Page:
Que dia! After 12 hours of travelling from Indianapolis to Costa Rica, I’m finally here at the campus of CATIE (Tropical Agricultural Research and Higher Education Center). When our delayed flight finally landed in San Jose at 3 p.m., we jumped in a CATIE van and began winding our way (two hours) up the mountain. The sigbts of the capital city–home to more than 1 million people–swirled around us as we breezed through, conversing with our driver in Spanish, on our way  to his hometown (Turrialba), a much more rural destination. We passed breathtaking agricultural vistas. The white flowering potato plants and perfectly straight rows of cabbage beside fields of zanahorias (carrots), maiz (corn) and tomates. Our driver pointed out a “mini veggie” farm that exports its products globally and also stocks in the local grocery stores. He explained how a watermelon-like fruit is cut into four sections, each piece mashed, and combined with pure sugar cane, to create one of the most popular Semana Santa (Holy Week) treats. Fresh fruits and veggies are sold from roaside stands and out of the backs of trucks. Climbing higher, the mountainsides were covered with sculptured terraces of sugar cane, banana, and coffee. We stopped at a roadside restaurant where pollo was being roasted in an outdoor rotisseries and, once unpacked, headed for dinner to meet Dr. Tamara Benjamin (a research scientist at CATIE) and her family for dinner. She explained that typical Costa Rica fare is “arroz (rice) con…” different kinds of meat. I ordered arroz con camarones (shrimp) and fried plantains (similar to Nicaraguan tostones). Yummy! Tomorrow the real work begins as we meet with the Junta Directiva (Board of Directors) and discuss the MAP (the marketing action plan) we’re going to try to accomplish with each of the organic farm cooperative’s three product lines. Our ultimate goal: Faciliatate the group’s decision-making process and put some basic rules/regulations for the operation of the farm cooperative on paper. Previous Extensionistas have equipped them with information. We’re here to help them finalize their operational plans. Tamaaa says our visit is well-timed! They’ve had some recent sales successes and they’re fired up to work together on some of their operational issues to strengthen their capacity as an organization. Deseanos suerte! Wish us luck! Hasta pronto!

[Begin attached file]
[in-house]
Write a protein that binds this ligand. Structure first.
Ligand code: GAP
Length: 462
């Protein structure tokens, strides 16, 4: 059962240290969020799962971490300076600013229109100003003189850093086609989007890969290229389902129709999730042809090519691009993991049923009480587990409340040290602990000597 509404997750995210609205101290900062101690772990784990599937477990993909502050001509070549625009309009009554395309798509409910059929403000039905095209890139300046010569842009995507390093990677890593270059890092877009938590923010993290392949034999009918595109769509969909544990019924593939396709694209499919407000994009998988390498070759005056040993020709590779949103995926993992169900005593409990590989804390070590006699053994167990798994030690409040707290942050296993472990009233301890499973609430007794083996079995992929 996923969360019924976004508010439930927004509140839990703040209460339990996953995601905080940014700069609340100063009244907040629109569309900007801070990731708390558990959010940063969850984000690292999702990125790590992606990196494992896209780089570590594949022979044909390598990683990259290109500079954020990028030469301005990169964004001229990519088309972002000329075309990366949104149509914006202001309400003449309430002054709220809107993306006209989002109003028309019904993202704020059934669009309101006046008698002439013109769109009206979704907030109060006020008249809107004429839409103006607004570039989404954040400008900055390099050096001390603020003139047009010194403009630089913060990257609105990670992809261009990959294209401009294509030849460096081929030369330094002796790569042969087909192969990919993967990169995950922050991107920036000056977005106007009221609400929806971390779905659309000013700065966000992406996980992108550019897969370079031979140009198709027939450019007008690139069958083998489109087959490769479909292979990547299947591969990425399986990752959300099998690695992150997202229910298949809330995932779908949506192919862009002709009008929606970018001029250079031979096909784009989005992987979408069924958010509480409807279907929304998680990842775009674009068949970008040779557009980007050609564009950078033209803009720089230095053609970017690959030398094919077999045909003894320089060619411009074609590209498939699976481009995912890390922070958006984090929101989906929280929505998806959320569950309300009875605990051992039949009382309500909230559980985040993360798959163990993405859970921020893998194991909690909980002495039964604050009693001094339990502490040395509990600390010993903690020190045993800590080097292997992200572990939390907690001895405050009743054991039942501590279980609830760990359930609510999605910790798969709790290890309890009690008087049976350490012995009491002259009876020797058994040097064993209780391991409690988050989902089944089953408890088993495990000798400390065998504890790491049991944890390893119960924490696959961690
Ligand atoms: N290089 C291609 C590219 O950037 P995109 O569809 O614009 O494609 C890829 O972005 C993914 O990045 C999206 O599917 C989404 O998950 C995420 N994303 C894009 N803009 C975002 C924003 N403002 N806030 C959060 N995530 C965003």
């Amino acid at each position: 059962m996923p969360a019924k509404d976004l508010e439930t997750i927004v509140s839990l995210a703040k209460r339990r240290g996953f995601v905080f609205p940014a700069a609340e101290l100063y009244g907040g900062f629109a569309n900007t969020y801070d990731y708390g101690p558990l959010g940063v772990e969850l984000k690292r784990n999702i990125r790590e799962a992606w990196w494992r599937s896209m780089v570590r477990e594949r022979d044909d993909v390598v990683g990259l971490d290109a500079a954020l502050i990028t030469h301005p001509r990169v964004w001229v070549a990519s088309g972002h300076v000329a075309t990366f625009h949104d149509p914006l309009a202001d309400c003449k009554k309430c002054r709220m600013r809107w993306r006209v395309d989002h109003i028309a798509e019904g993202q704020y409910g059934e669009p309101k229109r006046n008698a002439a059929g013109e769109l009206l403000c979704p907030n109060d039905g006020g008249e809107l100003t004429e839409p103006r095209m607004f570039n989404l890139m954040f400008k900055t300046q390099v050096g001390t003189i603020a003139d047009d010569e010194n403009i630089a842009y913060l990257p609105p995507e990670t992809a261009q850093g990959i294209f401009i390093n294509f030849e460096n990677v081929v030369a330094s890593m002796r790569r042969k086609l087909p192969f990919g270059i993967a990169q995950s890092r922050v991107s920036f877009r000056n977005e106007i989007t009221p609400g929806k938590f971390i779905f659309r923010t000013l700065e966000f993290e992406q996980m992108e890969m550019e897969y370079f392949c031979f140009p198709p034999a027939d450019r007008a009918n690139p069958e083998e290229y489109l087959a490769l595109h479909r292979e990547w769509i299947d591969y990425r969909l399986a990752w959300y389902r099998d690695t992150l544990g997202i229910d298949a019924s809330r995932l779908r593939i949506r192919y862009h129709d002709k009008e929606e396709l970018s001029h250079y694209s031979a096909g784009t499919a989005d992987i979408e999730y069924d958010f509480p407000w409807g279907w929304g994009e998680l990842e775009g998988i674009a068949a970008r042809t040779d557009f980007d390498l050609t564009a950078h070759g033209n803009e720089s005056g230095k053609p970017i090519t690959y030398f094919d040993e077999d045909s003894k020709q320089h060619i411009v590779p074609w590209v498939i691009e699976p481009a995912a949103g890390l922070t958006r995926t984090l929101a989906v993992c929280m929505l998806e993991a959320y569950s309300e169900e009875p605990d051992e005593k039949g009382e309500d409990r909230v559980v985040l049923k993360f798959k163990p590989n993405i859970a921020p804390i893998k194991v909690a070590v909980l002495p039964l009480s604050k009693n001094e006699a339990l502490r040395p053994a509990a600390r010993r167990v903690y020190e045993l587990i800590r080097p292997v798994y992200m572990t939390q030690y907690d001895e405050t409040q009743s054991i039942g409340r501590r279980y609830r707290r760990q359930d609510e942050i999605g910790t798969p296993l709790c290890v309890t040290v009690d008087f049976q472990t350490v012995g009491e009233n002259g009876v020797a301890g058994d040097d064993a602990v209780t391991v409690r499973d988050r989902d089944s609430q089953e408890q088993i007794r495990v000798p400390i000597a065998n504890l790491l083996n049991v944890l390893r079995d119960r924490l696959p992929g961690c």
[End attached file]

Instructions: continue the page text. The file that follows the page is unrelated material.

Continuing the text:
–Melinda

Advertisements